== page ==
Thank you for your support to our Lent Fast Day appeal. Donations to CAFOD until 12 May will be doubled by the UK Government. We have planned a £5 million programme to combat malnutrition – and with it we hope to be able to reach 245,000 people. But we need the full amount of match funding to make it happen. You can help us reach the full amount needed for this crucial programme. We still have some way to go yet! To donate please go to cafod.org.uk/lent
These photos record an event by the Filipino youth, “Youth for Christ”, from St. Peter’s parish in Gloucester. The Group put on a special celebration to raise money for CAFOD.
This included dancing, singing, instrumentals, a raffle, cakes and soft drinks. They raised £311 for CAFOD which was fantastic!
St John the Evangelist parish in Bath recently hosted a talk by Alex Abaca, an Ugandan agricultural researcher, on the development work of CAFOD and the Church in Northern Uganda.
The cultural life of Bath is enhanced by its two universities, staff & students. Last year CAFOD arranged a fascinating talk at St. John’s where Jeny Pantoja from Bath Spa spoke about the peace process in Colombia & the part played by the Church.
On Friday March 16, another CAFOD open meeting heard a fascinating talk given by Alex Abaca, an Ugandan agricultural researcher. Alex spoke about the ecological, water and agricultural challenges in Northern Uganda & the part played by the Church and NGO’s in addressing them
Uganda is a landlocked country, much the same size as the U.K., but with 57 different languages spread amongst four ethnic groups. Environmental & water supply challenges directly affect livelihoods & agricultural activities of these communities. In Northern Uganda the Karamoja region suffers from political instability exacerbated by cattle rustling between rival communities & Lord’s Resistance Army (LRA) war. Receiving the lowest average rainfall of Uganda drought & famine is regular.. Its staple food used to be milk and blood, but now cereals, casave and the legumes sorghum & cowpeas have been introduced. However, wild fires continue to causing damage by killing micro and macro-organisms in the soil. Fires also burn away much organic matter in the soil with a reduction of soil fertility then taking place. In addition to droughts and fire there are also pests and diseases affecting all major crops. Inconsistent farming practices also includes a lack of seed quality control.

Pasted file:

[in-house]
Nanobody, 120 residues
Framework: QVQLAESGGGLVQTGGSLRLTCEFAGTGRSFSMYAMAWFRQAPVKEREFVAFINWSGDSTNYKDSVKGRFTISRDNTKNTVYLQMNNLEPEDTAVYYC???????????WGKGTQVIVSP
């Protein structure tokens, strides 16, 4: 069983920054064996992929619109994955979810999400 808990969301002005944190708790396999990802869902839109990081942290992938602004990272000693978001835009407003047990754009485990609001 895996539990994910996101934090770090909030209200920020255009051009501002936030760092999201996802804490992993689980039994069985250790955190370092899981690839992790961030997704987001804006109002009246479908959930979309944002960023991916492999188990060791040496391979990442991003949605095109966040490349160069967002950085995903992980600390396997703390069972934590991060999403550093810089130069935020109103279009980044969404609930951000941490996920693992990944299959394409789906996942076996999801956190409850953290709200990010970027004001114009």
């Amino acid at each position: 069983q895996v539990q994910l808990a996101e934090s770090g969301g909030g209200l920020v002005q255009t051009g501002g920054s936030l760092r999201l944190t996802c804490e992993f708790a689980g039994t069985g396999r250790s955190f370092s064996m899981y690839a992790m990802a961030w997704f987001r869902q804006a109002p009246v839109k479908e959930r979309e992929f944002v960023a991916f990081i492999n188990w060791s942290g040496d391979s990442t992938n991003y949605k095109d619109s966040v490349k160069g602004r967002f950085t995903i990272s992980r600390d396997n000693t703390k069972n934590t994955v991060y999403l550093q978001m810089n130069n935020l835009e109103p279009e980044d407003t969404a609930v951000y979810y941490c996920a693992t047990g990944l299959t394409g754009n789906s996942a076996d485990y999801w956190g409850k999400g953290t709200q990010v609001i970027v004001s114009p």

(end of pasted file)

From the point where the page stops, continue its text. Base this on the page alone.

Following the long period of political instability, CAFOD and CARITAS are amongst other NGOs working to restore the livelihoods and agricultural activities of these communities by addressing the environmental, particularly ecological and water challenges. This work includes:
- construction of boreholes;
- vocational skills training to repair and maintain the boreholes;
- sanitation training;
- training of local community groups in community managed disaster risk reduction and climate change adaptation;
- establishment of community tree nurseries, tree planting, and education campaigns;
- promoting techniques of soil and water conservation;
- promoting income diversification through bee keeping, fish farming, and the use of biogas and solar energy;
- training of farmers and community support groups in modern agronomy;
- provision of agricultural inputs (seeds, planting materials and tools);
- provision of construction materials.
Mitigation approaches by the local Catholic Church
The Catholic Church in Northern Uganda has also been actively involved in addressingEnvironmental & Ecological challenges in a number for ways. For example land may be offered for seed crop multiplication and distribution or to set up demonstration plots, or for the planting of trees. The Christian community also encourages market linkages and information flow, together with initiating projects such as well construction and borehole maintenance.
See here for other development work CAFOD is involved in.